Updated: Aug 15, 2018
We are now fifty years since American soldiers massacred nearly 500 unarmed women, children and old men at Mai Lai in Vietnam, and yet, to paraphrase Nathan Robinson, our collective memory of this event has a perverse effect. Our understanding of the Mai Lai massacre eases Americans’ conscience that the massacre was the crime and not the war itself. Not the 120 gallon aluminum tanks of napalm that engulfed entire blocks of houses in flame causing children to run and scream in terror as their skin and clothes burned off their bodies. Not the spraying of CS gas and Agent Orange to poison crops and food and trees. Or that we intentionally uprooted families and drove them to putrid barb wired camps so as to remove potential Viet Cong sympathizers from a village. In one Vietnam Province all but 12 of 3,500 villages were pounded with bombs. Imagine the analogy to Massachusetts. It is patently false to imagine, as many Americans do, that Mai Lai was a regrettable aberration.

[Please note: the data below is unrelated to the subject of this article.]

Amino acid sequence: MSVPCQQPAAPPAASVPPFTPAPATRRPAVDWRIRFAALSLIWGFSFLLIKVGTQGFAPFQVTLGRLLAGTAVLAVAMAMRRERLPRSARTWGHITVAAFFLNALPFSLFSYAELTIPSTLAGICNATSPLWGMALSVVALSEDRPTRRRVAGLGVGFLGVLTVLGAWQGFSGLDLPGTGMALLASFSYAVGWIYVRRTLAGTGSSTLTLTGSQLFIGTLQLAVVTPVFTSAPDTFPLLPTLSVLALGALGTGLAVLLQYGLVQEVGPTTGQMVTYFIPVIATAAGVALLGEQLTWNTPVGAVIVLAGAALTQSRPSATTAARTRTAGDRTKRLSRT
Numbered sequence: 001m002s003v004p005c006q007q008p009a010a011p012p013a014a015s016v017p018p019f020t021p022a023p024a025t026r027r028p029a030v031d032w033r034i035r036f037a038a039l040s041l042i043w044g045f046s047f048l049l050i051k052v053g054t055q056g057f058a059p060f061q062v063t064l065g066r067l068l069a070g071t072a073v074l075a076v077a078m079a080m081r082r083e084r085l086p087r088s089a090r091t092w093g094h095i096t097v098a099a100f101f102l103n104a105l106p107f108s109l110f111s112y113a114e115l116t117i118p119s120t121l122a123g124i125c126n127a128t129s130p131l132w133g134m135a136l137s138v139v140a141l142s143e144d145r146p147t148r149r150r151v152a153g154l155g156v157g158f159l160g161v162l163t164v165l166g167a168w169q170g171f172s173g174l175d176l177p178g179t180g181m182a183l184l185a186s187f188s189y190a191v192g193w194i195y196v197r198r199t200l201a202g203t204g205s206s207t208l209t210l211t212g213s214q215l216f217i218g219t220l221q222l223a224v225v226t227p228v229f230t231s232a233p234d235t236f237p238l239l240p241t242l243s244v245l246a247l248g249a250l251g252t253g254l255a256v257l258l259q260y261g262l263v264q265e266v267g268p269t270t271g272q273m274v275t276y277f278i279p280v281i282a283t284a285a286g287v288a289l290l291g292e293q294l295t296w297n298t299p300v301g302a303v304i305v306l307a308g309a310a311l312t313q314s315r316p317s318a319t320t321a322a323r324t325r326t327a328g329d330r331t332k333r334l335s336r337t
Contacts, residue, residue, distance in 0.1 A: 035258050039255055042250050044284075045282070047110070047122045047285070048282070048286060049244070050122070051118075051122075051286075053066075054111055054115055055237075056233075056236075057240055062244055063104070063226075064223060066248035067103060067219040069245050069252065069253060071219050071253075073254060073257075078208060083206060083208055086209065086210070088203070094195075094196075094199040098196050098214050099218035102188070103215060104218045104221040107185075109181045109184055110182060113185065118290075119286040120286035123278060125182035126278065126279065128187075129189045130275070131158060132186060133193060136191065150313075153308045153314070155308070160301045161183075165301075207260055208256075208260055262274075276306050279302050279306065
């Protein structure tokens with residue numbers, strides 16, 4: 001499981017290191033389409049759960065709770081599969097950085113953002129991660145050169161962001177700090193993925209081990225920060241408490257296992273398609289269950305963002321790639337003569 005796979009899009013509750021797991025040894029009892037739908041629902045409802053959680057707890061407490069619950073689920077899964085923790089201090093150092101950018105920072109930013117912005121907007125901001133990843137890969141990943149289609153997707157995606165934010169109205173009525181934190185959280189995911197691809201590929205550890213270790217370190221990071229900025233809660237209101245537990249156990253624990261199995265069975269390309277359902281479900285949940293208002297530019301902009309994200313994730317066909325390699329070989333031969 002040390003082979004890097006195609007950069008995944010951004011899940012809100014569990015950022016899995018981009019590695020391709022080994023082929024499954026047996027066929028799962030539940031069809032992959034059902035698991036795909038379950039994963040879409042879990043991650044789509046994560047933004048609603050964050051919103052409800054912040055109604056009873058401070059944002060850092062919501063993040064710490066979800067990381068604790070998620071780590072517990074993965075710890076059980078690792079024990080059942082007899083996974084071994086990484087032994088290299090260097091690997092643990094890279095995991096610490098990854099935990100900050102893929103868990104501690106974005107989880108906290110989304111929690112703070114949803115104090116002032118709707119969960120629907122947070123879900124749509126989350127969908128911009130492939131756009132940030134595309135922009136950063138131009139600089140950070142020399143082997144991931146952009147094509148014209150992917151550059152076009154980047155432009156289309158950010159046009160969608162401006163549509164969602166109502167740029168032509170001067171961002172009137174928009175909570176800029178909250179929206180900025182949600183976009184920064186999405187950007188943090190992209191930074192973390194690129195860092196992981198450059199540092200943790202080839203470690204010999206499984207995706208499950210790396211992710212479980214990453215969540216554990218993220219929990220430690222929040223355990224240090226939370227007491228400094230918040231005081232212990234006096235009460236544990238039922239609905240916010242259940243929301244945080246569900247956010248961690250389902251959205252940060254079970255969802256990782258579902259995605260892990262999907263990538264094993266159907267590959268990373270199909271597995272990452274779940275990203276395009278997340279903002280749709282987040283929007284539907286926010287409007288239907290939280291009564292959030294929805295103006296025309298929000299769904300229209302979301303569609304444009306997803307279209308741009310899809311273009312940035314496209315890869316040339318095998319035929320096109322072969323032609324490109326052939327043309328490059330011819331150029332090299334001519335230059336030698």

And of course there is evidence that Mai Lai and its military cover-up was not an aberration but a regular occurrence. And that the heroic helicopter pilot who intervened was one of many to demand his comrades stop the executions or he would shoot them. This is the point: commemorating this massacre is important but it was the war itself that was the crime. To view the massacre as an anomaly and the war as “misguided” prevents us from having to do the kind of moral reckoning that countries who have committed historic crimes are forced to do.
Read Nathan Robinson’s most incisive Current Affairs piece, “What We Did.”